‘Everyone is concerned’ about the safety of the next generation of NASCAR

Team Penske Lugano’s driver, who won the Cup Series title in 2018, is one of 16 drivers locked up in qualifying that begins this weekend in Darlington thanks to regular season wins at Darlington and Gateway.

But after a devastating race in Daytona on Sunday won by Austin Dillon, which included several multiple car crashes, Lugano expressed concern that the new machine built for the 2022 Dallara gave drivers more “brutal” effects than its predecessor.

Busch, the 2004 Cup champion, has been out since a qualifying crash at Pocono and elected to relinquish his place in the playoffs – Lugano’s teammate Ryan Blaney inherited him as the top-ranked driver during the regular season without a win.

“I’m worried, I think everyone is concerned now,” said Lugano, who recently signed a multi-year extension of the Penske deal.

“I don’t see how you can’t be.

“When you look at the competitors and your own experiences that are tough compared to what the old car was like, yes, you get attention.

“You look at some of the things that happened – Kurt’s situation, you hear about some shipwrecks from last weekend [at Daytona]my experiences in Charlotte and Michigan in testing, these things are real.

“You can’t hide from it. I spent more time on these things than I did with the old car. There must be a reason for that.”

Some drivers raised concerns about the car’s safety during its initial test, but last July an independent panel of experts signed off on the car’s safety after the results of a review of crash test data.



The committee consisted of Dr. James Radin, who was involved in the investigation into the death of the late Dale Earnhardt; Jeff Crandall, engineering consultant for the NFL; Dr.. Barry Myers, professor of biomedical engineering at Duke University, and Dr. and Dr. Joel Steitzl, chief of biomedical engineering at Wake Forest Baptist Health.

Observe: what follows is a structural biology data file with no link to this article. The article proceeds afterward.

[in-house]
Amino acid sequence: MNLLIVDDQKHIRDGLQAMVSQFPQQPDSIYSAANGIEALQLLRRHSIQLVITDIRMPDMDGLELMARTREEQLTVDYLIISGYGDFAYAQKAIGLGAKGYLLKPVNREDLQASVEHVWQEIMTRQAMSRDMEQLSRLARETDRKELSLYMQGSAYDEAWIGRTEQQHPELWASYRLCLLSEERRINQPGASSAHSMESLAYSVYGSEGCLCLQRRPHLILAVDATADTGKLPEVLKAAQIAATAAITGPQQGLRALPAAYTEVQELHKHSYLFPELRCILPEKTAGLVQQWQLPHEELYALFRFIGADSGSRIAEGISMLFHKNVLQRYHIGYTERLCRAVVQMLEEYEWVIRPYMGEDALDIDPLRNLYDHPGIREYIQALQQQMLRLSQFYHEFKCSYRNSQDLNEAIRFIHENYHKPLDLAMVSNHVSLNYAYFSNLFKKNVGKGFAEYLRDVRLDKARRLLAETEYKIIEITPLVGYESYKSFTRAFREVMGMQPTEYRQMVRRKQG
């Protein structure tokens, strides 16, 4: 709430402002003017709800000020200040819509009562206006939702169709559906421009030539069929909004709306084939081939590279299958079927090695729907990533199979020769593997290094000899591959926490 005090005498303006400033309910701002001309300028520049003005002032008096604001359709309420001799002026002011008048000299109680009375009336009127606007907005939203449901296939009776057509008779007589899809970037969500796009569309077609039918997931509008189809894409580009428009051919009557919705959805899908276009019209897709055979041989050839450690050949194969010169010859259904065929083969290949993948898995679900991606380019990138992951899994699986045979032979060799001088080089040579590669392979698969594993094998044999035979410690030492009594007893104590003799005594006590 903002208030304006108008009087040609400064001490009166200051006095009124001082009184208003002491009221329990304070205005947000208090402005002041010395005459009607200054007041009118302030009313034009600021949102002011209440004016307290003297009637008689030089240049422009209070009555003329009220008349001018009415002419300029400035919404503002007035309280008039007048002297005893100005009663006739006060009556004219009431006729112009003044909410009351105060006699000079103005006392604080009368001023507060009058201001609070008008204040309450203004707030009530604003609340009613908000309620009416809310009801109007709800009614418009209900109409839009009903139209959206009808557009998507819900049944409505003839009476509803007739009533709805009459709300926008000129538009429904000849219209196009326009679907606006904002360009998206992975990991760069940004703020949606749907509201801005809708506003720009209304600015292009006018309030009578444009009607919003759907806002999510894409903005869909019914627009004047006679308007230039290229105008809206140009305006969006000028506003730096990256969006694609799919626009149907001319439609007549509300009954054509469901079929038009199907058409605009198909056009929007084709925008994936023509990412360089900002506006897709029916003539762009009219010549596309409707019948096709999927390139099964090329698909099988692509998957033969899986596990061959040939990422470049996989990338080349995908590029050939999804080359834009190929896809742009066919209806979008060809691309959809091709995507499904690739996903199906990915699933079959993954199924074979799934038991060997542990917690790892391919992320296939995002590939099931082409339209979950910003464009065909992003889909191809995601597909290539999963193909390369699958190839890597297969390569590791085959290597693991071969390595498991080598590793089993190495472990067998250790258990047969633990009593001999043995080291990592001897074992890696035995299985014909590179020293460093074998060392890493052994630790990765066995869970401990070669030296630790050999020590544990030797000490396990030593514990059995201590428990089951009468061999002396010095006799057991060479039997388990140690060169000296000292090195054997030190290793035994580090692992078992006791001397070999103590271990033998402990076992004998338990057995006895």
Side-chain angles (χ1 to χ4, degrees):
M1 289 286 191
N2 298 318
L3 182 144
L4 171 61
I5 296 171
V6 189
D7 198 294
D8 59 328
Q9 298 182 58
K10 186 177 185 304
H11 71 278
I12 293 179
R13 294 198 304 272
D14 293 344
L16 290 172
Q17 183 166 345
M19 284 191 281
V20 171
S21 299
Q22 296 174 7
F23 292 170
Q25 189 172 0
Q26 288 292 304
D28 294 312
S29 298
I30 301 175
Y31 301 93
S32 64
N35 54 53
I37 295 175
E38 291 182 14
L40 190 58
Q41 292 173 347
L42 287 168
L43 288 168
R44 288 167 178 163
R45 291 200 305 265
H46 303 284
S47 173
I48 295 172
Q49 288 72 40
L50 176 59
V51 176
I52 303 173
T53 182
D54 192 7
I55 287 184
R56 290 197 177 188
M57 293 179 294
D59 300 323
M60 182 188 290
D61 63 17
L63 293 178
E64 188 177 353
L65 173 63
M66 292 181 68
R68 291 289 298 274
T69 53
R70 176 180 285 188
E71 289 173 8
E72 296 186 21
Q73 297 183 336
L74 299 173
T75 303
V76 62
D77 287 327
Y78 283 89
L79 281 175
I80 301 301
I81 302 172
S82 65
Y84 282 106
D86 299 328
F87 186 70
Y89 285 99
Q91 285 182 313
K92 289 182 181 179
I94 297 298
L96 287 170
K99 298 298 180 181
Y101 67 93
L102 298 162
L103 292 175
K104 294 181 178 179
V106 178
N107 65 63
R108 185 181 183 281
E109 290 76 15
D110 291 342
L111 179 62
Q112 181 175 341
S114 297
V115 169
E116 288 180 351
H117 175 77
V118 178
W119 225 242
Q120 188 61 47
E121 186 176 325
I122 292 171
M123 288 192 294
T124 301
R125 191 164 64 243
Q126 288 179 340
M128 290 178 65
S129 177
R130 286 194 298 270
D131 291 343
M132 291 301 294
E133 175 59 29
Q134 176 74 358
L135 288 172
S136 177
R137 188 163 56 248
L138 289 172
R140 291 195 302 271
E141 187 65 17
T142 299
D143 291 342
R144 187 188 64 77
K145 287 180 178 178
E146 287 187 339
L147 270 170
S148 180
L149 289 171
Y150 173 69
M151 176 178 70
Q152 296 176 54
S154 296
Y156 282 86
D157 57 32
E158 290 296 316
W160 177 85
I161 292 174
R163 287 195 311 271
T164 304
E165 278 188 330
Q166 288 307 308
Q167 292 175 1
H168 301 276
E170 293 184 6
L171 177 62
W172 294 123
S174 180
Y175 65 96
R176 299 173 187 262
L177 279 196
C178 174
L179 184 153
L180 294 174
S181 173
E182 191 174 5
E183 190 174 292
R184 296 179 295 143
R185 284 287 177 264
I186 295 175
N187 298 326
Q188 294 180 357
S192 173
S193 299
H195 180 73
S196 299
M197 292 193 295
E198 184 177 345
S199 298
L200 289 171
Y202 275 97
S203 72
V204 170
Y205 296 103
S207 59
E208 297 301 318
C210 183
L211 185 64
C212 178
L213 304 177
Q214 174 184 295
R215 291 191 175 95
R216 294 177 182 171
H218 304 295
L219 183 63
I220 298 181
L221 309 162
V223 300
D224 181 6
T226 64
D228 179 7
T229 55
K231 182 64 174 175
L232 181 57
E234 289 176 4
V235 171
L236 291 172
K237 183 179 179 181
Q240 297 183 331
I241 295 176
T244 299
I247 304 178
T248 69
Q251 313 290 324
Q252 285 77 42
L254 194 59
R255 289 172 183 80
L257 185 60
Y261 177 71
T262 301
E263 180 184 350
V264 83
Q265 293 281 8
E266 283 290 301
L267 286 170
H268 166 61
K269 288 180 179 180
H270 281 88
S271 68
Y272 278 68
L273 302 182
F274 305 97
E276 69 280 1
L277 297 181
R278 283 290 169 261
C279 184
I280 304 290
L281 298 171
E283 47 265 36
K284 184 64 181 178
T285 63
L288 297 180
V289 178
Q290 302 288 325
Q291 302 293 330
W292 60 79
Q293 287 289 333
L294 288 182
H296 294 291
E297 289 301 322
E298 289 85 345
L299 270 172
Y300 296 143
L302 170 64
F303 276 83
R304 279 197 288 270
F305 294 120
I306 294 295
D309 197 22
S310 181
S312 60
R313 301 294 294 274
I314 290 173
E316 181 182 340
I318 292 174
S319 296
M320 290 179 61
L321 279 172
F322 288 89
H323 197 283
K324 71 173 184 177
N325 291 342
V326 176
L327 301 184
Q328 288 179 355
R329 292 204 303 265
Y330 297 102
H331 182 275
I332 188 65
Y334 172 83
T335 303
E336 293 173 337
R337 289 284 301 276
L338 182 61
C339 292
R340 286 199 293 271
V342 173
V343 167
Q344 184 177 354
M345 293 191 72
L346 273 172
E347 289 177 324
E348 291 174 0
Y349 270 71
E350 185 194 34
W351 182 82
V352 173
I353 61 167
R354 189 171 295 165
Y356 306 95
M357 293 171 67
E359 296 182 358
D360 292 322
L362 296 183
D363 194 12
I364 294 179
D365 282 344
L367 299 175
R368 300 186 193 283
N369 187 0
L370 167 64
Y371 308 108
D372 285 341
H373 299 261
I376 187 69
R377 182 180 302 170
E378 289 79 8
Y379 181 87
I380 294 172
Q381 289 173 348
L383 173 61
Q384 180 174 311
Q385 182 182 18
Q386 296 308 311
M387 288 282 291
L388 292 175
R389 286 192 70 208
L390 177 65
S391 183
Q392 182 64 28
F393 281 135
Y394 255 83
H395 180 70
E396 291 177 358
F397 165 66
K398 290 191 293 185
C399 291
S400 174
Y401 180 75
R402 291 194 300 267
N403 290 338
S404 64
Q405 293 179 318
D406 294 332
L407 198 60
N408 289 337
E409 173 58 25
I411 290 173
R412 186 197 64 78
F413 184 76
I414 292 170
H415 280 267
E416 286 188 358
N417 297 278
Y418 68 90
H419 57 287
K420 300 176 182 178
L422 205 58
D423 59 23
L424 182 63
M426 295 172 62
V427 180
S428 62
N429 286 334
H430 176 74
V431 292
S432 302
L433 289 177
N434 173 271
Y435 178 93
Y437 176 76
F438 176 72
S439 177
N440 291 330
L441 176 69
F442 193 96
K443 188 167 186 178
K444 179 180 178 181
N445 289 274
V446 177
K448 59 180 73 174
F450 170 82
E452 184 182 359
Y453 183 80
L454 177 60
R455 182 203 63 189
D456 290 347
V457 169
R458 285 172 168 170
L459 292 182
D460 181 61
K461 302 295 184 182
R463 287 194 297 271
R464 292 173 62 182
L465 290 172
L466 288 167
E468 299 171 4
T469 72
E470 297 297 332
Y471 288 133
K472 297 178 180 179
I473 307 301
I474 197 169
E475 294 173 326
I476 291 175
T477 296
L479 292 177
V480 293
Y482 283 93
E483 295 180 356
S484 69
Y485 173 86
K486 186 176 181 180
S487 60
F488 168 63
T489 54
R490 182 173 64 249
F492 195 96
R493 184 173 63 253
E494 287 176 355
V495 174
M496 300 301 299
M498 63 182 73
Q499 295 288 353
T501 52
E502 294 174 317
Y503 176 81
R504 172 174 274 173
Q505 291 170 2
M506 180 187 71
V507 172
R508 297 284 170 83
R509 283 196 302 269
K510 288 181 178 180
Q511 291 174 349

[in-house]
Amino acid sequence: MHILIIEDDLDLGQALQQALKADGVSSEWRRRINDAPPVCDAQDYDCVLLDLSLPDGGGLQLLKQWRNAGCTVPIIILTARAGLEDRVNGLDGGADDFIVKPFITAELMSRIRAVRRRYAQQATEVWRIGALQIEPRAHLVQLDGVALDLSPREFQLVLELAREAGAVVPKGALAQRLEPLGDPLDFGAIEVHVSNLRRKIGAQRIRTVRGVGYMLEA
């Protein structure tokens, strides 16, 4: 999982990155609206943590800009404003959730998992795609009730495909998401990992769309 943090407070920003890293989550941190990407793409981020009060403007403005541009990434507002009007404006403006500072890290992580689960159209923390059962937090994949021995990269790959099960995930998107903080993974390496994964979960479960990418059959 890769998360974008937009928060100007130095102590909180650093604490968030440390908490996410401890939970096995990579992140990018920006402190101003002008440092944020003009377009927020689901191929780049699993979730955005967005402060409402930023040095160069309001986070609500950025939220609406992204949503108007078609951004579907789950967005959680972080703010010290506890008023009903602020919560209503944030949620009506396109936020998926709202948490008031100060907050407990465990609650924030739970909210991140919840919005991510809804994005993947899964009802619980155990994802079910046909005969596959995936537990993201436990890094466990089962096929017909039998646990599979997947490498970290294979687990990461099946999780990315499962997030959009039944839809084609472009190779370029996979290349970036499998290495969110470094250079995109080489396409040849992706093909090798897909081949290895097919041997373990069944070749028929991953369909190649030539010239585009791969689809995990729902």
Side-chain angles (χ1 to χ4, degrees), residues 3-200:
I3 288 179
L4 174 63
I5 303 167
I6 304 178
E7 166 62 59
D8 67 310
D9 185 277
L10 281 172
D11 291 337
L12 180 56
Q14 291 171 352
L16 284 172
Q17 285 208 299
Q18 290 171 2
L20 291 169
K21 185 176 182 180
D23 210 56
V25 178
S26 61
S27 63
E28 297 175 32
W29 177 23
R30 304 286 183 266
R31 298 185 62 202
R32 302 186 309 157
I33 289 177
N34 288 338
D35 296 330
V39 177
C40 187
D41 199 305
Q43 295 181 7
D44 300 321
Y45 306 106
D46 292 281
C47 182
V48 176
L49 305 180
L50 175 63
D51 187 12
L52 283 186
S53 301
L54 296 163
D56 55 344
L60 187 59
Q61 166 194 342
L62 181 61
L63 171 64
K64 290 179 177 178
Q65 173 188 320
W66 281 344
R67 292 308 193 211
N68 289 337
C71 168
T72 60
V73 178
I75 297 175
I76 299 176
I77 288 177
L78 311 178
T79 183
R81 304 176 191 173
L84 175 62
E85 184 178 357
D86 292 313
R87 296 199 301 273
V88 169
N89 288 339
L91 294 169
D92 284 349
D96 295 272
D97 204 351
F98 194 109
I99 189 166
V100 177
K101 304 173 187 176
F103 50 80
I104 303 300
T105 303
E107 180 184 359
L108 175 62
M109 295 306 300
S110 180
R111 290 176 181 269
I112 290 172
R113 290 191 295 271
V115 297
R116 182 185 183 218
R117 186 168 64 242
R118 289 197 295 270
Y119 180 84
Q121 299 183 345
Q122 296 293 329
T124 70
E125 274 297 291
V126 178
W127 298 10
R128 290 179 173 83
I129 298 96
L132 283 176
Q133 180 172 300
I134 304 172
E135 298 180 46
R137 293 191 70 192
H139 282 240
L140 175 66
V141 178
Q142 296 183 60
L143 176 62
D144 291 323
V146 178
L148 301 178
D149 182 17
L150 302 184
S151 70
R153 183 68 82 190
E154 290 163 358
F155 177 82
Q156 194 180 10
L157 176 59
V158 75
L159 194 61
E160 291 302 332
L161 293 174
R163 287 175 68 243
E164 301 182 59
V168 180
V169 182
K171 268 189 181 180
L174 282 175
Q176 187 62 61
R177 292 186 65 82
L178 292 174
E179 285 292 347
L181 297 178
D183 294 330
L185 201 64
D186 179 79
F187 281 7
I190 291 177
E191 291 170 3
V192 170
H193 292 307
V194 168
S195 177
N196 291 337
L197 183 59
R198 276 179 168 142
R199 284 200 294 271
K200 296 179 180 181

There were differences that NASCAR noticed with the new car’s design from the outset, however, particularly the potential for increased rear impact severity due to the shortening of the cars’ rear end.

Another highlight is the general increase in speed of the Cup cars this season due to the change in the aerodynamic package.

Bubba Wallace complained to his team radio after crashing in last Sunday’s race in Daytona that he had suffered a severe rear shock to his car.

Denny Hamlin announced this week that he will sit down to Saturday’s Xfinity Series race in Darlington to focus on the Cup race while complaining of the constant pain from his wreck in Daytona.

NASCAR officials say they continue to collect and analyze all collision data in an effort to find areas to improve background effects. That includes looking at the rear section, rear bumper structure, rear bumper and rear bumper foam.

When asked if NASCAR’s response to driver concerns so far is what he’d like it to be, Lugano said: “Not until it’s fixed, no. I think that takes time.

“It’s frustrating that we are in this position in the first place but it doesn’t seem like everything has been added so far to make the best decisions.

“I think the situation we’re in as a sport is what are the things that make this car hurt the most when it crashes? And what can we fix? Are there quick fixes or are they fixes that have to happen over time? There’s a little of both, for sure.”

Ryan Blaney, Team Penske, Worth Ford Mustang, Joey Logano, Team Penske, Shell Benzwell Ford Mustang

Ryan Blaney, Team Penske, Worth Ford Mustang, Joey Logano, Team Penske, Shell Benzwell Ford Mustang

Photo by: Rusty Jarrett / NKP / Motorsport Images

Although drivers have recently expressed their concerns publicly, Lugano said the problem “was there before the car hit the track”.

“Now it’s out for you guys,” he said, “because there’s a driver sitting outside.” “It is now exposed.”

However, driver reactions to the wrecks varied widely, with Chase Briscoe stating that his experience in the wrecks, both times at breakneck speeds, was “much better than I thought it would be”.

Even Lugano understands that there is no “quick and easy solution” to the issues raised.

“I’m not saying the car isn’t safe, I’m saying it’s not as safe as the old car in some ways – in some ways, it’s safer than the old one,” he said.

“In terms of snooping, I don’t see anything getting into the car as easily as an old car. As far as rolling and squashing the cage on your head – I feel the way, way, way is better about this situation.”

“Top 10 percent shipwrecks and intrusion issues, I feel so much better about that. It’s the daily hits that are more severe than they used to be.”

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